PHRP Expert Meeting on Predictive Policing

PHRP Expert Meeting on Predictive Policing

On 20.-21. May 2019, the Police and Human Right Programme (PHRP) of Amnesty International Netherlands held an expert meeting on predictive policing. The meeting brought together representatives of civil society organisations, law enforcement agencies, international institutions as well as researchers from the academic and the business sector.

Download Meeting Report – Executive Summary as PDF
Download Meeting Report – Long Version as PDF

The increasing use of algorithms in policing work raises important questions both in terms of their effectiveness to actually improve policing as well as in terms of their human rights impact. Data protection and right to privacy, freedom from discrimination, fair trial guarantees, right to liberty and security, right to an effective remedy are just a few of the human rights issues at stake.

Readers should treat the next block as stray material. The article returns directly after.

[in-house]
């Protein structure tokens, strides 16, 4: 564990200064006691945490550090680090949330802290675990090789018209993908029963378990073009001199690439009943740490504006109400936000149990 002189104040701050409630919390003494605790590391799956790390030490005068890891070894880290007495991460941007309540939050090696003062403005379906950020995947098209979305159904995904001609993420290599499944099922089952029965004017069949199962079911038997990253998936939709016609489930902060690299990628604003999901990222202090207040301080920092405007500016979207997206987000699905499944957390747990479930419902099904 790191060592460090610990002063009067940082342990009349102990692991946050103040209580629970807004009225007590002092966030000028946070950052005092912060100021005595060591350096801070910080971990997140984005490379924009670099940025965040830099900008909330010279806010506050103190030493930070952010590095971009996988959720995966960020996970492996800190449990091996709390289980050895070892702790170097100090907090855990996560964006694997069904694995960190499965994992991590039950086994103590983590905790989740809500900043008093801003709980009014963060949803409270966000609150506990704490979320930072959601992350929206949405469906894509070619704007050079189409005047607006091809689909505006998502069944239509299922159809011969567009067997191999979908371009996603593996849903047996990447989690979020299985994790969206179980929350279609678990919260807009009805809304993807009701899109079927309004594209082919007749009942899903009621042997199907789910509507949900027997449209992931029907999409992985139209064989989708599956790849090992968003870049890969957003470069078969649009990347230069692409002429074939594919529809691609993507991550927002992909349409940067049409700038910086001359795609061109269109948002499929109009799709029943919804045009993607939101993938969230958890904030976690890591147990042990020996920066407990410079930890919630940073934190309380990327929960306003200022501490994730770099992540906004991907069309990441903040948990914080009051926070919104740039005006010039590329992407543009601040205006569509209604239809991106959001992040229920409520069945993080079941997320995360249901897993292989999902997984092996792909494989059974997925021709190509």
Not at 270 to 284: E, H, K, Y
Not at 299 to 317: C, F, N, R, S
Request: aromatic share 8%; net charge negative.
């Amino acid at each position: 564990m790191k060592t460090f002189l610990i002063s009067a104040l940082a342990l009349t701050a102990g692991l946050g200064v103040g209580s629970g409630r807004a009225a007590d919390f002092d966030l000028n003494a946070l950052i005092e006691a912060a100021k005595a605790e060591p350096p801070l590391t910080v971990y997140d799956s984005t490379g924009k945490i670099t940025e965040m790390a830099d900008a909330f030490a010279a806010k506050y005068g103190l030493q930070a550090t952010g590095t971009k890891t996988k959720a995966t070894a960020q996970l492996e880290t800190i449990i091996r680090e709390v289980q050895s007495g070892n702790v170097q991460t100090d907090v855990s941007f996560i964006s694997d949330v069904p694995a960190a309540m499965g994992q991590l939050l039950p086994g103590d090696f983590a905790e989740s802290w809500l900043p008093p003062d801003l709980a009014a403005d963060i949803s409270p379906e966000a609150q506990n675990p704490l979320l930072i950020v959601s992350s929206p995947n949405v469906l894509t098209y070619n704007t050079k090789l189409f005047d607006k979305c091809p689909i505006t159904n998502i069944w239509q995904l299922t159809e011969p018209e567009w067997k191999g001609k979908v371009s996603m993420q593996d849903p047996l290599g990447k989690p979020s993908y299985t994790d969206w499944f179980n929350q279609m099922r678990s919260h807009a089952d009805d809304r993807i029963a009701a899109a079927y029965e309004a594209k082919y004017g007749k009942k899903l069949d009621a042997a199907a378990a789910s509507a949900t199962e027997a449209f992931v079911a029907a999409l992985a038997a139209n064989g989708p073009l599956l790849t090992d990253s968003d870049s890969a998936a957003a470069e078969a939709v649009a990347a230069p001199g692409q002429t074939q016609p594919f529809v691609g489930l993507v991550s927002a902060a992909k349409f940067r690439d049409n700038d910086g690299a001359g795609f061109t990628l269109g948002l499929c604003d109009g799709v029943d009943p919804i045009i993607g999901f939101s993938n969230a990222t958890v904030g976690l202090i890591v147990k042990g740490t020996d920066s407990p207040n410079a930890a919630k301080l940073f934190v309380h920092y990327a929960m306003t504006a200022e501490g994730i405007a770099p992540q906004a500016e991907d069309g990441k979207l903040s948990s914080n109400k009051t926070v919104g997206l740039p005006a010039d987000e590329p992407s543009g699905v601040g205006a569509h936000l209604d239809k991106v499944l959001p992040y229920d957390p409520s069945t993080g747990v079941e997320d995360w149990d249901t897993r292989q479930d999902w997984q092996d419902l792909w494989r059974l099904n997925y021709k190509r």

Place-oriented predictive policing

In place-oriented predictive policing a wide range of data are used with a view to predict areas where crimes are likely to be committed in the near future. The discussions during the expert meeting revealed the following challenges and problems:

  • Data quality and possible bias: Input data used to train the algorithmic model often do not reflect the complete reality. They may be incomplete, outdated or the result of selective, if not biased policing approaches in the past, e.g. if police previously focused particularly on a given community or category of people. Outputs therefore need to be reviewed with care: Where there are indications of bias, it can be very problematic to use them as a basis for decision making, since this may lead to, or exacerbate existing, discriminatory police approaches. Instead of taking such outputs for granted and using them as a decision-making tool, they might better be used as a diagnostic tool, seeking to identify the reasons for such an output, e.g. why certain groups or places appear in the output as having greater involvement in crime. This might help police to improve their approach and their relationship with certain communities as well as to address underlying causes of crime rather than simply to increase policing of certain areas or communities.